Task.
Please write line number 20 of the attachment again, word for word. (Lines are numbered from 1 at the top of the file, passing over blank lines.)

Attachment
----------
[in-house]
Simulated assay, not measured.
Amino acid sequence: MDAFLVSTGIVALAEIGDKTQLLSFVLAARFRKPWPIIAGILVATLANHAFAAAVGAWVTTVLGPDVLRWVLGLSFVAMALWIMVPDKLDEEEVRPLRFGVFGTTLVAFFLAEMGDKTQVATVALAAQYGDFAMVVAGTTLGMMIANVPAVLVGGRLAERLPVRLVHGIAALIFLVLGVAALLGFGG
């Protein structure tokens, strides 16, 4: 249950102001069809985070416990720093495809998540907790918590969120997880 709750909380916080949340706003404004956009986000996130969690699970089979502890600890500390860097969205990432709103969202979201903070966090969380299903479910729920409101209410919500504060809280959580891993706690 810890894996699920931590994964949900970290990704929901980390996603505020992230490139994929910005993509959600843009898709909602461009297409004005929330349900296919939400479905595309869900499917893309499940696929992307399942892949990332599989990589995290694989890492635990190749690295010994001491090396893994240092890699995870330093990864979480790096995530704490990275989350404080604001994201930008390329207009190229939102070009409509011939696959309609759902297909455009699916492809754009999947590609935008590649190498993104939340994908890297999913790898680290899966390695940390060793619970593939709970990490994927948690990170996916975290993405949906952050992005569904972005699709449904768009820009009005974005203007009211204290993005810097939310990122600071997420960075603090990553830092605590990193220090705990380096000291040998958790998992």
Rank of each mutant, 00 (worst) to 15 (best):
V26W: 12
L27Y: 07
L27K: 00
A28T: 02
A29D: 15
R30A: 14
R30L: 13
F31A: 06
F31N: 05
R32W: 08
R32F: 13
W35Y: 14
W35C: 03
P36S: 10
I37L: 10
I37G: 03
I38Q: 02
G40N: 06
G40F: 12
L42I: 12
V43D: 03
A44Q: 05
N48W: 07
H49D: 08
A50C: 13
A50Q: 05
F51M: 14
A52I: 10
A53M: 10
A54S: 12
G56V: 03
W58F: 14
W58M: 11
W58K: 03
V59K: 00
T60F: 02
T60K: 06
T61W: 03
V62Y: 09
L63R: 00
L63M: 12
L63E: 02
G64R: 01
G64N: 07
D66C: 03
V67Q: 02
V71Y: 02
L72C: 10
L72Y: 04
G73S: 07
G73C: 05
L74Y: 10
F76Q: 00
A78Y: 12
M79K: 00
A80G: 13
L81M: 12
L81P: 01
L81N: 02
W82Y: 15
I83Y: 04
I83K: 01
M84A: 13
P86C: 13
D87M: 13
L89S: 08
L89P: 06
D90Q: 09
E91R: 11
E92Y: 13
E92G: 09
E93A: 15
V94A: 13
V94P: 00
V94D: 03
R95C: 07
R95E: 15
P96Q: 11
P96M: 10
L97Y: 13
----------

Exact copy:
I37L: 10